In light of the discussion above, Federal Communications Commission (FCC) allocates the 5.850–5.925-GHz portion of the radio spectrum as dedicated short-range communications (DSRC) for vehicular networks [13]. DSRC standard defines seven 10-MHz channels in this range: one control, two reserved, and four non-safety application channels as shown in Fig. 2. However, a selection mechanism for these channels is not defined explicitly.
Fig. 2

DSRC channels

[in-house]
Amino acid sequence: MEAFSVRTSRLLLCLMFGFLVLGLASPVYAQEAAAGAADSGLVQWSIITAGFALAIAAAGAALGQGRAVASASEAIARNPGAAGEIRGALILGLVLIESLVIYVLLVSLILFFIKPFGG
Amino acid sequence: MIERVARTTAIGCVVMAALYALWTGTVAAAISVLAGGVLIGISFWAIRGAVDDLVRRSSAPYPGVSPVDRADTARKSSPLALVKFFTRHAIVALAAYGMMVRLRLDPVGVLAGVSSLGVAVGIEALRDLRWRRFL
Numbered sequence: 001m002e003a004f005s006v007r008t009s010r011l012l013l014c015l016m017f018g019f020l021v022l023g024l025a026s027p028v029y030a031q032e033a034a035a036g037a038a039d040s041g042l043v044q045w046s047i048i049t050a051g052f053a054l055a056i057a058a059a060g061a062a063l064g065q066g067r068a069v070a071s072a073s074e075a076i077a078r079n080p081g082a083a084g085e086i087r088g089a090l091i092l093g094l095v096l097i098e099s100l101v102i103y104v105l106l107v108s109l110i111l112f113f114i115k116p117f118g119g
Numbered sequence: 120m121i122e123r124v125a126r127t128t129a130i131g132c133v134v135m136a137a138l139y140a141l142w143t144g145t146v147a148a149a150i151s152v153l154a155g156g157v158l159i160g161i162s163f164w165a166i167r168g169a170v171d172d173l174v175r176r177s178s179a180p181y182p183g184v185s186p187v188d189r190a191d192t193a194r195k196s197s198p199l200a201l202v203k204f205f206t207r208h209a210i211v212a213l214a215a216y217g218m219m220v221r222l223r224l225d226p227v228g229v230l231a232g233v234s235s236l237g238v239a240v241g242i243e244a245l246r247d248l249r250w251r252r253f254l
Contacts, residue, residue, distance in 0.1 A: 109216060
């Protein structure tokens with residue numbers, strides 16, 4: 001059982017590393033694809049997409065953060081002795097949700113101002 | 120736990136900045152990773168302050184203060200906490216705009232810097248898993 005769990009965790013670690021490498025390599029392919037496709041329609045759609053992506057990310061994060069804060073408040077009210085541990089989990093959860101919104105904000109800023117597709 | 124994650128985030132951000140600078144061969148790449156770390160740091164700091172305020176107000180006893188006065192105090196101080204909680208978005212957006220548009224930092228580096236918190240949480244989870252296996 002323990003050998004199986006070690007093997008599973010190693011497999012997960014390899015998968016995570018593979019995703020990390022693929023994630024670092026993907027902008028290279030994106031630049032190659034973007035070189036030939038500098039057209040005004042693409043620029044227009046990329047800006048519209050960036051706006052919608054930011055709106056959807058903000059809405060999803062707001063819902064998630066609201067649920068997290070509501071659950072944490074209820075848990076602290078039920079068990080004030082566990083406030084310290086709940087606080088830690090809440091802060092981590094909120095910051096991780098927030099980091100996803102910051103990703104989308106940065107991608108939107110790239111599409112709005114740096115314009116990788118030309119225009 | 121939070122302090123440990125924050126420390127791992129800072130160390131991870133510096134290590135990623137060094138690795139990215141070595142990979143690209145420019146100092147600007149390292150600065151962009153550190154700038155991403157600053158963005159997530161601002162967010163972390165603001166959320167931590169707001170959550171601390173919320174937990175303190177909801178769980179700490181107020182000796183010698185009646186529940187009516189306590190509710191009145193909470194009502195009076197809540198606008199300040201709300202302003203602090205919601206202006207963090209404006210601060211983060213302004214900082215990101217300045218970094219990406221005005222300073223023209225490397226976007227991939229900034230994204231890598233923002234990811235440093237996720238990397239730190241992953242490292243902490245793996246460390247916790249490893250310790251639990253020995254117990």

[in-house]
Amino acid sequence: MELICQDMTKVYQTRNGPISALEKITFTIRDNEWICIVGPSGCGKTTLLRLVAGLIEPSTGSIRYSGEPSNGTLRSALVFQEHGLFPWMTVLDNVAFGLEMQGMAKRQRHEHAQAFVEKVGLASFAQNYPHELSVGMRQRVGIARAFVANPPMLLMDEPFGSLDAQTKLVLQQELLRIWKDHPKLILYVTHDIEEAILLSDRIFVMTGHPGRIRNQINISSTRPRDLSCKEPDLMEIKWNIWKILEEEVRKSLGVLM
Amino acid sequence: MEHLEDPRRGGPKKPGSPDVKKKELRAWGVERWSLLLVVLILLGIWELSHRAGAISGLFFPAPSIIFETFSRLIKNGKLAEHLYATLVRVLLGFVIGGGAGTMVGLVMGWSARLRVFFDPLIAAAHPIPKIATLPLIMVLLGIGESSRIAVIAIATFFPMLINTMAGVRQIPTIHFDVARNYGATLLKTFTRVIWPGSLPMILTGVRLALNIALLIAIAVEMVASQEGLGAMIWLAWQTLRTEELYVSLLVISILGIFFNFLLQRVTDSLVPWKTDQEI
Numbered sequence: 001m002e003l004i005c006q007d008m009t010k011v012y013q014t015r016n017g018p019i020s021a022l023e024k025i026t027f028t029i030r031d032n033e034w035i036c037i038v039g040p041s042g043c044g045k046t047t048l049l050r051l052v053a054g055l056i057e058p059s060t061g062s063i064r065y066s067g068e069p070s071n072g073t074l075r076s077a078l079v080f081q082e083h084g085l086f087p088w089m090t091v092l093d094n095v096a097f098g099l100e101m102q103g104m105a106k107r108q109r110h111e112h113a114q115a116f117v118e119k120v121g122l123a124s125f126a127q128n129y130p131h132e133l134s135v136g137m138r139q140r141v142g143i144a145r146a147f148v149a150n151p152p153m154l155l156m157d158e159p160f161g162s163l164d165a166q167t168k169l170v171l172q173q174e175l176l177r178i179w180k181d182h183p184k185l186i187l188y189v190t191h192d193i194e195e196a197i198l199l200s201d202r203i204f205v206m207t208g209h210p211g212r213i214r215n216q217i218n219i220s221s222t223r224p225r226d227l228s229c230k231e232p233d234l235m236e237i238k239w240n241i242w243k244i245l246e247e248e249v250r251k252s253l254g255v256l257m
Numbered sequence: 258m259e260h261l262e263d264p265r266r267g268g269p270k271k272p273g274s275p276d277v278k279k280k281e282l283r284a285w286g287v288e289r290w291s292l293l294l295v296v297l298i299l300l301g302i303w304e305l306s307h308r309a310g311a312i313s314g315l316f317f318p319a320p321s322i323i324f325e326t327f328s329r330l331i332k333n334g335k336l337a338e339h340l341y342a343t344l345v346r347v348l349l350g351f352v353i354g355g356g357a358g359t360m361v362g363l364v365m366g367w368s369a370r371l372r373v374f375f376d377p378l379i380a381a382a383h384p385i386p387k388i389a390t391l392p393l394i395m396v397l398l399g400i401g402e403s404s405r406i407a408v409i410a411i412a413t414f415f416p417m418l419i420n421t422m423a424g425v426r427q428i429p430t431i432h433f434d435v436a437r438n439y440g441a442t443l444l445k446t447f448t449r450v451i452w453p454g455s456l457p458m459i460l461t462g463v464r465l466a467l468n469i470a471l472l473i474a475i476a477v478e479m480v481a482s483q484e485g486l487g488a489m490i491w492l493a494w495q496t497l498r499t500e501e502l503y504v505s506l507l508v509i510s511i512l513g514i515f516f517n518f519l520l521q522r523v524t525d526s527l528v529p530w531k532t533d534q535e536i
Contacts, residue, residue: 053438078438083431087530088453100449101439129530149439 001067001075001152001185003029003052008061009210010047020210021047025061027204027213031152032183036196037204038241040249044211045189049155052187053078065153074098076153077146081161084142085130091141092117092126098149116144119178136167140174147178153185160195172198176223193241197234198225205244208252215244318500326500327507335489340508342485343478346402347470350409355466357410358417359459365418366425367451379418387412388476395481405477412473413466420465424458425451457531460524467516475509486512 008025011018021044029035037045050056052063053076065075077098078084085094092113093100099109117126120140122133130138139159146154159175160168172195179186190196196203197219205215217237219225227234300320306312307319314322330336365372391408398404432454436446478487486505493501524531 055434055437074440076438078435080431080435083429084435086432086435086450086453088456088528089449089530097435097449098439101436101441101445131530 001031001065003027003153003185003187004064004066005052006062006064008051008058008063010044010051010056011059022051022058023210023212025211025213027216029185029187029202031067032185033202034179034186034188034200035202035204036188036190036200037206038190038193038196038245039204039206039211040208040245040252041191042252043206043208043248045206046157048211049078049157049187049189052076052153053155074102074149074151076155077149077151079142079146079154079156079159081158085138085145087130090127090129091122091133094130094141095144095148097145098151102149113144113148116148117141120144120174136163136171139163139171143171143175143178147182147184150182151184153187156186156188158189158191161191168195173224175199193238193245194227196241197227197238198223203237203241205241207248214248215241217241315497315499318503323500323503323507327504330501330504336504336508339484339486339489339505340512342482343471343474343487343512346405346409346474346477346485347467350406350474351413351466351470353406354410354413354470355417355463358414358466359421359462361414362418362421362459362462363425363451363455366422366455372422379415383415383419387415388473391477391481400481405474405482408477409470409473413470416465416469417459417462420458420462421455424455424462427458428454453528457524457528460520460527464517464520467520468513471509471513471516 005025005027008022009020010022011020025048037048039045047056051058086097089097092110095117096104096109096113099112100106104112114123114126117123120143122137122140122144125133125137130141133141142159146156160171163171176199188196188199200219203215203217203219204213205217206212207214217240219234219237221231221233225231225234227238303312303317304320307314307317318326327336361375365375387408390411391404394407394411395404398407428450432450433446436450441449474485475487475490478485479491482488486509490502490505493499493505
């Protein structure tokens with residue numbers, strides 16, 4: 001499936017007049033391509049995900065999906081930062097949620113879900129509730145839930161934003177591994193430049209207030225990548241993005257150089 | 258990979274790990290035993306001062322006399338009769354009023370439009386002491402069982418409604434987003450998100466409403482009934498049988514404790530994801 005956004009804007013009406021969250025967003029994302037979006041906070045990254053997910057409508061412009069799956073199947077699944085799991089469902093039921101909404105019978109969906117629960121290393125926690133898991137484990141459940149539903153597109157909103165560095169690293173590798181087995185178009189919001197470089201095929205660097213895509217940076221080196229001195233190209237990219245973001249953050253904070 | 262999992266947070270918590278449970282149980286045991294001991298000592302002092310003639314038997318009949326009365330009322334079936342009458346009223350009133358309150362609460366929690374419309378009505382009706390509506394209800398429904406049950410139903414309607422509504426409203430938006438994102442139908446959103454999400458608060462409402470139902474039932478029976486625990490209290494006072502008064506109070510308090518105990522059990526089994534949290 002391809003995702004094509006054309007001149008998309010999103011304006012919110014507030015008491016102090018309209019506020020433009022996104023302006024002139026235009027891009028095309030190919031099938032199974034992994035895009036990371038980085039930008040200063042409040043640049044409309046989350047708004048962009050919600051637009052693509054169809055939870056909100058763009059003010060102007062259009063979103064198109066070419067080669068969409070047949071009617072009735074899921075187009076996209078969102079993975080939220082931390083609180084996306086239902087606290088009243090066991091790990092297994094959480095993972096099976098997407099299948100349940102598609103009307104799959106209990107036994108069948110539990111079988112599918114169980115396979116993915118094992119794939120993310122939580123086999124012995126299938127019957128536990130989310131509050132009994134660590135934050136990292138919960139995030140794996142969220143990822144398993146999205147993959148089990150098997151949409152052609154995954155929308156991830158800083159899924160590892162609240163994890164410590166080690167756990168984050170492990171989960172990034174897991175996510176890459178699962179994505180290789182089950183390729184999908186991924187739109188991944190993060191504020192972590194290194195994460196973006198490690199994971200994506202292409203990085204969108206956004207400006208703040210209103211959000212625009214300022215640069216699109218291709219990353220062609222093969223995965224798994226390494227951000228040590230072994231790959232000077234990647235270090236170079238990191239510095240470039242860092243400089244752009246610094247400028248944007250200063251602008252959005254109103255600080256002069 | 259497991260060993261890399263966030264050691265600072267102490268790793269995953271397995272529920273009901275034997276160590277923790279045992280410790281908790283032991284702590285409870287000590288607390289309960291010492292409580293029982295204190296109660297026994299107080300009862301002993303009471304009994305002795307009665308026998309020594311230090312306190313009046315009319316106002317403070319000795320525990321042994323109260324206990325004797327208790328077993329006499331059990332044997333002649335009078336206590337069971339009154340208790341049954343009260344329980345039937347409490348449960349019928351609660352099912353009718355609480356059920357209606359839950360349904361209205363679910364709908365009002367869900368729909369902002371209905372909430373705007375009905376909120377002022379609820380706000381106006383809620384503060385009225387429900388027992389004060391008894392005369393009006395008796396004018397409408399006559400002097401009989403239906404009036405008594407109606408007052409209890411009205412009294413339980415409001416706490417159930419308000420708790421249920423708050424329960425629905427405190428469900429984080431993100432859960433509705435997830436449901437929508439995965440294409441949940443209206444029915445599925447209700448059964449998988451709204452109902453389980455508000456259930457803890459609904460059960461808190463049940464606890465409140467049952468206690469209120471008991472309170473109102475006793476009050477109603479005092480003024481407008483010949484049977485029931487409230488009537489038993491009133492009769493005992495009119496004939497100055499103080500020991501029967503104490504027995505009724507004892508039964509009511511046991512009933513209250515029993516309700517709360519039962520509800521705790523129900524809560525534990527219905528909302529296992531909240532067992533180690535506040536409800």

It is obvious that selecting a channel randomly at medium access control (MAC) layer is the simplest and widely adopted solution. However, a channel selection mechanism solely relying on MAC layer functionalities is not sufficient to provide satisfactory performance and needs novel data dissemination strategies benefiting from advanced techniques such as space time network coding [14]. Therefore, a cross-layer design including both MAC and physical layer (PHY) operations is required. In this regard, from the PHY layer perspective, a prediction mechanism is required in order for the MAC layer to take appropriate actions in advance. Failure to achieve these cross-layer operations may cause the system to select an interfering or busy channel and drastically lose bandwidth and performance. Once the channel is selected, it will be used until the next cycle and a busy or interfering medium is subject to wait in collision avoidance state. Also, note that the collision avoidance mechanism in IEEE 802.11p uses carrier sense multiple access/collision avoidance (CSMA/CA) and can only detect known type of signals [9].